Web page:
The first week in February is bittersweet for me. February 4 was my father’s birthday. February 5 is the anniversary of my mother’s death. I considered sharing a memoir I wrote for an online writing course through Earlham School of Religion but it is too lengthy for this format to share in its entirety. However, I share a portion of it in the following paragraphs.

“The breath of this soft summer night wafts across the porch, gently stirs the leaves in the woods just beyond. My father and I sit rocking, a comfortable silence between us. As though he has been pondering something, my father says in a thoughtful tone, ‘I guess I should wait awhile.’

“Puzzled, I ask, ‘Wait for what, Daddy?’

“To move in with you….”

“My mother has been dead four months. My father has come from Oklahoma to visit my husband and me at our home in Tennessee. I am startled and pleased. I had thought he was content in assisted living, only a mile from the church he helped start 45 years before.

“I respond with something that I hope conveys surprise and pleasure and say we will talk about it some more. I walk inside the house to get my bearings. Despite this happy and unexpected turn of events, I feel uncertain. During the course of my father’s visit, my husband and I have just begun to discover that our longtime business manager has been defrauding us. My life is already in some upheaval.

“I tell my husband, ‘Daddy just told me he wants to come live with us.’ My husband, bless him, exclaims, ‘That’s great!’ And he means it. He loves my father, who reminds him of his own, who died while my husband was serving in Vietnam.

“I wander back outside and tell Daddy, ‘We would love to have you come, Daddy. When were you thinking of coming?’

“He wants reassurance that my husband is willing for this to happen. He says it will take some time. He has to sell his house, which has sat vacant since my parents’ move to assisted living prior to my mother’s death. He asks if it will be a problem to have his funeral in Oklahoma when his time comes. I am astounded to be having this conversation with my father.

“When he leaves to return to Oklahoma we agree that we will work to clean up the mess in our business while he takes care of selling his home. We will decide on an actual date later.

“The devastation in our business only deepens. We learn just in the nick of time that our building is five days from foreclosure. Our business credit card has been run up to $45,000. Every day is a revelation of some new aspect of this overwhelming situation. My husband and I take other work to pay the bills. We take out an $80,000 loan to cover the debt and keep ourselves afloat.

“Meanwhile, my father and I begin to talk on the phone every Sunday night. I am accustomed to the long phone calls I used to have with my mother. Now the calls to my father become longer and longer. Our connection deepens along with the anticipation of his move. We agree to a date: February 4, his 92nd birthday and the day before the first anniversary of my mother’s death. His house sells the week before I fly out.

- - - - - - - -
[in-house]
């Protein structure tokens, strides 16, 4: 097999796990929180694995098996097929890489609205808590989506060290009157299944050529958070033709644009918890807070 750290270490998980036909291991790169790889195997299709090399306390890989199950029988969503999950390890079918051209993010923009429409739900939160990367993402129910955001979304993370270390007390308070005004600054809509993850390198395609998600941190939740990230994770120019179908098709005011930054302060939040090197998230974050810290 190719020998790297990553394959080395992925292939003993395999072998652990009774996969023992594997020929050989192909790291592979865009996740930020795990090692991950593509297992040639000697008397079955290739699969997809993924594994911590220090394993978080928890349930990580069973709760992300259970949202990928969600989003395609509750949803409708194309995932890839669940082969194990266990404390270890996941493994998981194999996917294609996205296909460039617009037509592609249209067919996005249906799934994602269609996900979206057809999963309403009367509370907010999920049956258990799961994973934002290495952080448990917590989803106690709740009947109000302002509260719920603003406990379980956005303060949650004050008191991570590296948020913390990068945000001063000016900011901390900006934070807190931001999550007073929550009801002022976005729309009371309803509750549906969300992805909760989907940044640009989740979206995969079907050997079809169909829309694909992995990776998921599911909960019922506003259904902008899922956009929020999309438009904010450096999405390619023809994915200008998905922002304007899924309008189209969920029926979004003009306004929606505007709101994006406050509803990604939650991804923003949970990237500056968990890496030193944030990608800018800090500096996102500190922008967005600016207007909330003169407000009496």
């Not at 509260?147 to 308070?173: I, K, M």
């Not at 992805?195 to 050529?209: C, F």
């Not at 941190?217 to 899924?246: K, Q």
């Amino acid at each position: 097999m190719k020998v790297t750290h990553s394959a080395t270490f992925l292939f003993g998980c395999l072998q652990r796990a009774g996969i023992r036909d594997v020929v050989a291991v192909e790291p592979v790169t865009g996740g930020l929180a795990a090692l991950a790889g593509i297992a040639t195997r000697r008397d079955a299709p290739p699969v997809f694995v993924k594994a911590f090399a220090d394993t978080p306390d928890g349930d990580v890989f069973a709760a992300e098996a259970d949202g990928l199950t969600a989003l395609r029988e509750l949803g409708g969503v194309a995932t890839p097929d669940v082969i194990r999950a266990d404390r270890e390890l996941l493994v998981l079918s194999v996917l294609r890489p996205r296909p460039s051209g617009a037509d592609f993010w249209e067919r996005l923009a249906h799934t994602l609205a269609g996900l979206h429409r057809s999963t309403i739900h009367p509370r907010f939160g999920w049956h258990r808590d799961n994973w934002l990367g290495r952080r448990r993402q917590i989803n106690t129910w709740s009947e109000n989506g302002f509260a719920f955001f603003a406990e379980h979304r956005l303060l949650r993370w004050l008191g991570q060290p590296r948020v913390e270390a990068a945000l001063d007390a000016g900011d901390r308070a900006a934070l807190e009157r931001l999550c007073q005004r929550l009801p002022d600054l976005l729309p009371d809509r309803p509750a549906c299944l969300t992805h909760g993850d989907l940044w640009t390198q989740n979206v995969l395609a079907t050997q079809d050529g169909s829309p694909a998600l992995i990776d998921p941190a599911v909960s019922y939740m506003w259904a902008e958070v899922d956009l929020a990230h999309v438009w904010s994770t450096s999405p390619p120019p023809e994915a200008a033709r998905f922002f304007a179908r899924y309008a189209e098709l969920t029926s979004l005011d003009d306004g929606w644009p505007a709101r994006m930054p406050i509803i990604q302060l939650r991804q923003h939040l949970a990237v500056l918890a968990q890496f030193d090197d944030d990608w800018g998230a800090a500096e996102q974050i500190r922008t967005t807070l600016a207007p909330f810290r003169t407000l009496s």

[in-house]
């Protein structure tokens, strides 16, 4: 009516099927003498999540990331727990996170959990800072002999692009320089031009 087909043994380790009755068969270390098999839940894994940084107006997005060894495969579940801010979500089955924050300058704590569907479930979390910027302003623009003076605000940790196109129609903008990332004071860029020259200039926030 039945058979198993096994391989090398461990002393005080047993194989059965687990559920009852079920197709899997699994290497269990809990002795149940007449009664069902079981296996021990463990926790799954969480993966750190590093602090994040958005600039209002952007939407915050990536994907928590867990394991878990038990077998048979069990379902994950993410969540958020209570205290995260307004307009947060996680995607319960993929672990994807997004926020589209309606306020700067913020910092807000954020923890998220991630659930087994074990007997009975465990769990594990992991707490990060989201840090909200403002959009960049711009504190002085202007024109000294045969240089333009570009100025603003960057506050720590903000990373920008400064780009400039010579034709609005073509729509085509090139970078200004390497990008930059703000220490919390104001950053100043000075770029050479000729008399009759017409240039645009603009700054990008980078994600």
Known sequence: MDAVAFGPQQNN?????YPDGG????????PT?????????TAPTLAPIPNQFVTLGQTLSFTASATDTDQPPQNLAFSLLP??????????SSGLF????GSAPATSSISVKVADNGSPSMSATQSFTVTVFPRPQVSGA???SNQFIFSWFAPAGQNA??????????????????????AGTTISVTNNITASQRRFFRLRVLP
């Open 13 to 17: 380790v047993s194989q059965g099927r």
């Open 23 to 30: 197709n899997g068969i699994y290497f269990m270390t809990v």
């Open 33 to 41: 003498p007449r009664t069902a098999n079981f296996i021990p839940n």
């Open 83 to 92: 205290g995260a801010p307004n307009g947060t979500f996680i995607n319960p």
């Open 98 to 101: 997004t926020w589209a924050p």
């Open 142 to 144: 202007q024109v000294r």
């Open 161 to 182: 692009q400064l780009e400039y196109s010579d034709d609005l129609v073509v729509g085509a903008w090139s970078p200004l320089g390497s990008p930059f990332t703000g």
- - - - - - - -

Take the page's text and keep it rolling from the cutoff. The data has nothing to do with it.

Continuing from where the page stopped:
“I drive a rented Ford Escape from the airport to my hometown where my brothers and I celebrate his birthday with him and then begin the task of packing his things. We make the trek to my mother’s grave and the next day my father and I head for Tennessee, bolstered with a kind of exuberance at the bold journey we are undertaking.

“I, who grew up n the shadow of my mother, am coming to know and love my father deeply. His dry wit, his interest in and appreciation for life enrich our home daily. My husband and I know we are especially blessed by his presence, a healing balm for the grief we have suffered from our losses.”

The remainder of my memoir recounts the months he lived with us. He and I arrived from Oklahoma February 7. He had a stroke the Wednesday after Easter. His last months with us were marred by his confusion and deterioration. Yet he retained his incredibly sweet spirit. He died July 9, 2009 and his funeral was conducted July 16 in his home church in Oklahoma. Rest In Peace, Daddy. May I carry on your legacy.

May we be bearers of hope, the “wait staff” of Hope’s Café for each other and all those we encounter. Shalom, Kate

Hope’s Cafe Bonus: July 16, 2009, I stand in the church my father faithfully served for decades and conclude my eulogy: “I was amazed at his forbearance as his body began to fail him badly. The smallest tasks became exhausting. After one particularly difficult episode, I said, ‘Daddy, I am so proud of you. You have just handled yourself so gracefully and so admirably through all these difficulties.’ He said, ‘Good, I wanted you to be proud of me. I want you to miss me when I go home,’ which I understood to mean heaven. I said ‘Oh, Daddy, I will miss you when you go home.’ He said, ‘I’ll be back when the wind blows.’ That reminded me of this poem:

‘Do not stand by my grave and weep/ For I’m not there. I do not sleep./ I am a thousand winds that blow./ I am the diamond’s glint on snow/ I am the sunlight on ripened grain/ I am the gentle autumn’s rain.

‘When you awaken in morning’s hush,/I am the swift uplifting rush/Of quiet birds in circled flight/I am soft stars that shine at night./ Do not stand by my grave and cry./I am not there. I did not die.’

My father’s love will be carried on in the many people whose lives he touched. I will never feel the wind blow without knowing that he is there.